In an attempt to remember, support and acknowledge the ways in which suicide and mental illness affect loved ones, the university social work department along with the Lewis community organized The Out of Darkness Campus Walk that took place April 2 at 10 am.
Students, faculty and staff were all welcome to participate. Walkers were encouraged to wear honor beads during the walk, with each bead color representing a different loss/struggle, showing support for one another.
Event organizer and social work professor Dr. Lori McMeel shared the importance of the suicide prevention walk.
“This walk brings together our community in such a powerful way and truly models the values of the Lewis community,” said McMeel.
“We have over 100 participants registered for the walk and have nearly doubled our initial fundraising goal of $5,000.”
The walk was in conjunction with the American Foundation of Suicide Prevention (AFSP) and will help the AFSP raise awareness and funds that allow them to invest in new research, create educational programs, advocate for public policy and support loved ones of suicide victims.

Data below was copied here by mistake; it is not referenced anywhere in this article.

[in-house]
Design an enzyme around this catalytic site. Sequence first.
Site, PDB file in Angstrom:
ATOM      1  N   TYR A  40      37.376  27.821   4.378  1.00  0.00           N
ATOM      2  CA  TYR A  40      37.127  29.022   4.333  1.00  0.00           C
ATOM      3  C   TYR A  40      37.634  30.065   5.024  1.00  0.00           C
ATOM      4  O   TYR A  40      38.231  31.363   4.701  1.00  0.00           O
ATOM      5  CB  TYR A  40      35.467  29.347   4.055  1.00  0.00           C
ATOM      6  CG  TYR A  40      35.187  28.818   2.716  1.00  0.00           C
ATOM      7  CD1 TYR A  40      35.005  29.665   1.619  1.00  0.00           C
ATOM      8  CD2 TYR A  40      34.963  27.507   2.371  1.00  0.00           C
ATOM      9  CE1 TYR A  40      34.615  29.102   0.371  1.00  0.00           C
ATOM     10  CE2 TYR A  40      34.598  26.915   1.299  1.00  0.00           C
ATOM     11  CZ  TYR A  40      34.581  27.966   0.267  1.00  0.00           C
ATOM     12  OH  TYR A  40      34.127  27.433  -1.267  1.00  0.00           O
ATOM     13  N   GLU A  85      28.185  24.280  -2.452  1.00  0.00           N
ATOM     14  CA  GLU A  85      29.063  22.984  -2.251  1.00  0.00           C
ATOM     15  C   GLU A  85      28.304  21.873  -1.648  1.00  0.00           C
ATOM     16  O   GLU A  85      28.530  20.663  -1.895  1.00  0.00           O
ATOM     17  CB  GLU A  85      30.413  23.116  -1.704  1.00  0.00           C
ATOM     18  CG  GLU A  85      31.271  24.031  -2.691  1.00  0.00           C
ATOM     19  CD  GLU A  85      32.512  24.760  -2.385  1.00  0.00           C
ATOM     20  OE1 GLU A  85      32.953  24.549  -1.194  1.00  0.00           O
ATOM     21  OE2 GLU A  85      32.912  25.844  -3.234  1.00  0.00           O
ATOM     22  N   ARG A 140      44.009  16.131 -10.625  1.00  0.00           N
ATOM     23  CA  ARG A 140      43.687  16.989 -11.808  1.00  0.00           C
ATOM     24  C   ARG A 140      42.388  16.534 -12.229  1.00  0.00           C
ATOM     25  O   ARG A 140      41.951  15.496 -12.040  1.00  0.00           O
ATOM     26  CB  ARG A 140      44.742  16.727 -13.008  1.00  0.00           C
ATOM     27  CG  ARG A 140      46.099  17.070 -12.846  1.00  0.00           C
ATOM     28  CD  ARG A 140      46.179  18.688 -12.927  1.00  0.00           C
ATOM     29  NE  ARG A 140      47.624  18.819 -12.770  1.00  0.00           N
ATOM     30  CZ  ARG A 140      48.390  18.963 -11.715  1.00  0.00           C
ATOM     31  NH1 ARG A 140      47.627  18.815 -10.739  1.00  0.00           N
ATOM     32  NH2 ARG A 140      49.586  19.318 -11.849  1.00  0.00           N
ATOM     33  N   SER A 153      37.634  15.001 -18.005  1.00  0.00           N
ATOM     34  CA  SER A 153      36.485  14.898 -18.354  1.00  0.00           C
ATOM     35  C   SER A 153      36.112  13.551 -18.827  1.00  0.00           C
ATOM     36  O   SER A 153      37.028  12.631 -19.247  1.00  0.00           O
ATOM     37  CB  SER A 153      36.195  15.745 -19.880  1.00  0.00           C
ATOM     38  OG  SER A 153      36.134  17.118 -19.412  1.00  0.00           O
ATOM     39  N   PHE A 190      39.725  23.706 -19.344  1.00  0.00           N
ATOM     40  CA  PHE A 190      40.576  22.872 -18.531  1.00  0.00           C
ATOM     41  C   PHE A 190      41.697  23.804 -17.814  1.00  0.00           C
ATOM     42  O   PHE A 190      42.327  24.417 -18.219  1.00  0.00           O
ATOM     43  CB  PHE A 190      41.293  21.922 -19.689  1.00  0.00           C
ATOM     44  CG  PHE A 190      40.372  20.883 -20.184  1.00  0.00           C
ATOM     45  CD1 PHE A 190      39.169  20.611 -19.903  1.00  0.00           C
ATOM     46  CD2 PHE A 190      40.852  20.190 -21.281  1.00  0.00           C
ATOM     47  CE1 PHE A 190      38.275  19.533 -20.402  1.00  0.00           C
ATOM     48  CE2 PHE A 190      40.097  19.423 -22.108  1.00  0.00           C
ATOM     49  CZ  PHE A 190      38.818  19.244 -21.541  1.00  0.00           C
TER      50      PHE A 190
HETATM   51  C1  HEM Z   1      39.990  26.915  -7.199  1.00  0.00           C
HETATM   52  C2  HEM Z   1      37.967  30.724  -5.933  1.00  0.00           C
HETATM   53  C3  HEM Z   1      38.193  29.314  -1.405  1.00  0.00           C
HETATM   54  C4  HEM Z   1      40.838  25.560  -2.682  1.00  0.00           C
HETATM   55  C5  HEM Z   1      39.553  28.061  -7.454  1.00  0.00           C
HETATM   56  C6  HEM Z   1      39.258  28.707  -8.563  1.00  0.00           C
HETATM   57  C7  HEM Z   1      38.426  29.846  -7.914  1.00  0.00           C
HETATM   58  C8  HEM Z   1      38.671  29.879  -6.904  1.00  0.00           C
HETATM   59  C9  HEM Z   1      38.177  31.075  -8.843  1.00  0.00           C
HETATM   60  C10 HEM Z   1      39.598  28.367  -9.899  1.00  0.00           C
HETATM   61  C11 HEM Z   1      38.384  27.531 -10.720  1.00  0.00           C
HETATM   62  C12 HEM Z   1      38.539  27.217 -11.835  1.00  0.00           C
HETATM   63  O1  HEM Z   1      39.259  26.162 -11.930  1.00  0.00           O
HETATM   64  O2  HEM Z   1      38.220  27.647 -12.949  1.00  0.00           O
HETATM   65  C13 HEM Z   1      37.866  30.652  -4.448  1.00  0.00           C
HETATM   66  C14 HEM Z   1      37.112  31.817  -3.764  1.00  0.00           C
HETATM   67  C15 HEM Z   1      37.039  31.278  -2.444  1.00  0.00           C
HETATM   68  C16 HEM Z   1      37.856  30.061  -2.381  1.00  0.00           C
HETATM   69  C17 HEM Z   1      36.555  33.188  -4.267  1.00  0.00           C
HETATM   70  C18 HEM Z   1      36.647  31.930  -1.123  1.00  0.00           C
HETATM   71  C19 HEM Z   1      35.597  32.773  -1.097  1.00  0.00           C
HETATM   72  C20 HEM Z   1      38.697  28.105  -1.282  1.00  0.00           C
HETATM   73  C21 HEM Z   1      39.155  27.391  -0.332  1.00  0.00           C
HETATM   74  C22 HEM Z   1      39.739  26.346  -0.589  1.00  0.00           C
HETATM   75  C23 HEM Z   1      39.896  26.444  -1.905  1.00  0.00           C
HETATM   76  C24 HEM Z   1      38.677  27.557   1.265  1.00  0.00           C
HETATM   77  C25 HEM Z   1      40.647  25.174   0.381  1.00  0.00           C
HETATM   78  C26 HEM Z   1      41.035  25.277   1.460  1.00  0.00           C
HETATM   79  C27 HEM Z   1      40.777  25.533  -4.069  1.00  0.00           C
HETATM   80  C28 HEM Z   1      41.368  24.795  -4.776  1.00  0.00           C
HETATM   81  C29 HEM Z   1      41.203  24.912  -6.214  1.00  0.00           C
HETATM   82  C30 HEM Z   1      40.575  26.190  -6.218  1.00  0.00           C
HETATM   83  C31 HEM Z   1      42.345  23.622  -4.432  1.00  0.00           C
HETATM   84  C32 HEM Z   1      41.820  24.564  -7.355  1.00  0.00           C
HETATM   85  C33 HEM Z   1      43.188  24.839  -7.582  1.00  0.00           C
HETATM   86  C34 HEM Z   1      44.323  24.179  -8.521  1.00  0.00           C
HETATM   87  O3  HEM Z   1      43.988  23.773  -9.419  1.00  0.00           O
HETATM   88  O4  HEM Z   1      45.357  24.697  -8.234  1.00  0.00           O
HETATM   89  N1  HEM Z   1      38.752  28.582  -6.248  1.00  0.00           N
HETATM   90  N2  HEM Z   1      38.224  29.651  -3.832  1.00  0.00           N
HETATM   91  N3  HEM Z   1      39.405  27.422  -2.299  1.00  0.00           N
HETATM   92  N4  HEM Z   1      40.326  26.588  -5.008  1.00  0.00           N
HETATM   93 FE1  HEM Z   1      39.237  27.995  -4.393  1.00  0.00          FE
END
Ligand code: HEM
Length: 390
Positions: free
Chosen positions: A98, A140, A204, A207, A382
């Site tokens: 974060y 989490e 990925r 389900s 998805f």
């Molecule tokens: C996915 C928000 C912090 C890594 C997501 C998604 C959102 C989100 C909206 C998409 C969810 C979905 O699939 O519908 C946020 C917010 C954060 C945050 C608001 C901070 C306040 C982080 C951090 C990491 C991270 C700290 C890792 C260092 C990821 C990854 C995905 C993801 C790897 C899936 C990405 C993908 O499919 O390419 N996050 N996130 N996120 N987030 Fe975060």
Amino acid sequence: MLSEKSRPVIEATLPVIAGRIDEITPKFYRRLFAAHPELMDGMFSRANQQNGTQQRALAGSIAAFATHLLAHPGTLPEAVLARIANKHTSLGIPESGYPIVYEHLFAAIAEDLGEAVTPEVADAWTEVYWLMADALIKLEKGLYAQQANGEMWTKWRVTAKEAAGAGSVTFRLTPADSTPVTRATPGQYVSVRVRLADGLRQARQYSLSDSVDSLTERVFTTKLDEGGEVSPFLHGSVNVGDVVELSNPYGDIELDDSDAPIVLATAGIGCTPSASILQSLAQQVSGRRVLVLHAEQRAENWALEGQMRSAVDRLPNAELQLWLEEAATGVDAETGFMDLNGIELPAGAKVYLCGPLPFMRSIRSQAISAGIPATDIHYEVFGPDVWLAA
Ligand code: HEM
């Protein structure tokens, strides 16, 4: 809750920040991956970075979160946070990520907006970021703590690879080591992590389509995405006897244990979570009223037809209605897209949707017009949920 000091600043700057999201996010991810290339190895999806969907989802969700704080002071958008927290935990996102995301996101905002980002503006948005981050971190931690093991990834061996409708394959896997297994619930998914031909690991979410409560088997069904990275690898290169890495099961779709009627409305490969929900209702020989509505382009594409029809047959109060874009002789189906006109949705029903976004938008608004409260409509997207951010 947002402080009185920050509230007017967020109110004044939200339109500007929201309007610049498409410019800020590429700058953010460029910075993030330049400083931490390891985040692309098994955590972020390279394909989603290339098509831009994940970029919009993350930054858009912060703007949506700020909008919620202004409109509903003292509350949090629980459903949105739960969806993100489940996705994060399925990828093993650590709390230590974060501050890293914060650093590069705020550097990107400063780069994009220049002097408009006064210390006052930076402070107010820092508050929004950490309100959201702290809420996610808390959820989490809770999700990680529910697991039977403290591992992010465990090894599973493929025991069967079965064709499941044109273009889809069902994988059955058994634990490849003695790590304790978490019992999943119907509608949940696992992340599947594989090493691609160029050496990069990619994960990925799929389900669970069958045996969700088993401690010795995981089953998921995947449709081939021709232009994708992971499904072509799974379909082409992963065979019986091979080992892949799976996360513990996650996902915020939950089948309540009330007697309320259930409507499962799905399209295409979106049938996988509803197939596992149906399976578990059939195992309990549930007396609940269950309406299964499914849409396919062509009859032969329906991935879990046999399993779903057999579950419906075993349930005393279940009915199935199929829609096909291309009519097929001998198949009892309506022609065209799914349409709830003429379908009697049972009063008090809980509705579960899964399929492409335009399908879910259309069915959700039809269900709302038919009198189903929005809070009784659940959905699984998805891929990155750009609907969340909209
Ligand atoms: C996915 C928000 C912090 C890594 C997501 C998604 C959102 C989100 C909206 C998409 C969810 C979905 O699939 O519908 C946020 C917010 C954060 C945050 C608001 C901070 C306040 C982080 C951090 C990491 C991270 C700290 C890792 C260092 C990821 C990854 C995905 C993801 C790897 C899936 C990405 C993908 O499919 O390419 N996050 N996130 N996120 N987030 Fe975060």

McMeel makes it clear the event’s purpose. “This walk symbolizes hope for a brighter tomorrow.”
One of the leading causes of teen deaths in the United States is suicide. According to the AFSP, on average there are 132 suicides daily across the U.S., with one happening every 12.8 minutes. Suicide is currently the tenth leading cause of death in the United States and is the second leading cause of death for those between the ages of 10 and 34.
If you or anyone you know is suffering from suicidal thoughts, please call the National Suicide Prevention Hotline at (800) 273-8255. The university also has resources available through the
Center for Health and Counseling Services that is located in the lower level of Mother Teresa A variety of services are offered. The center can also be reached at (815) 836-5455.
Photo Credit: Luis Chavez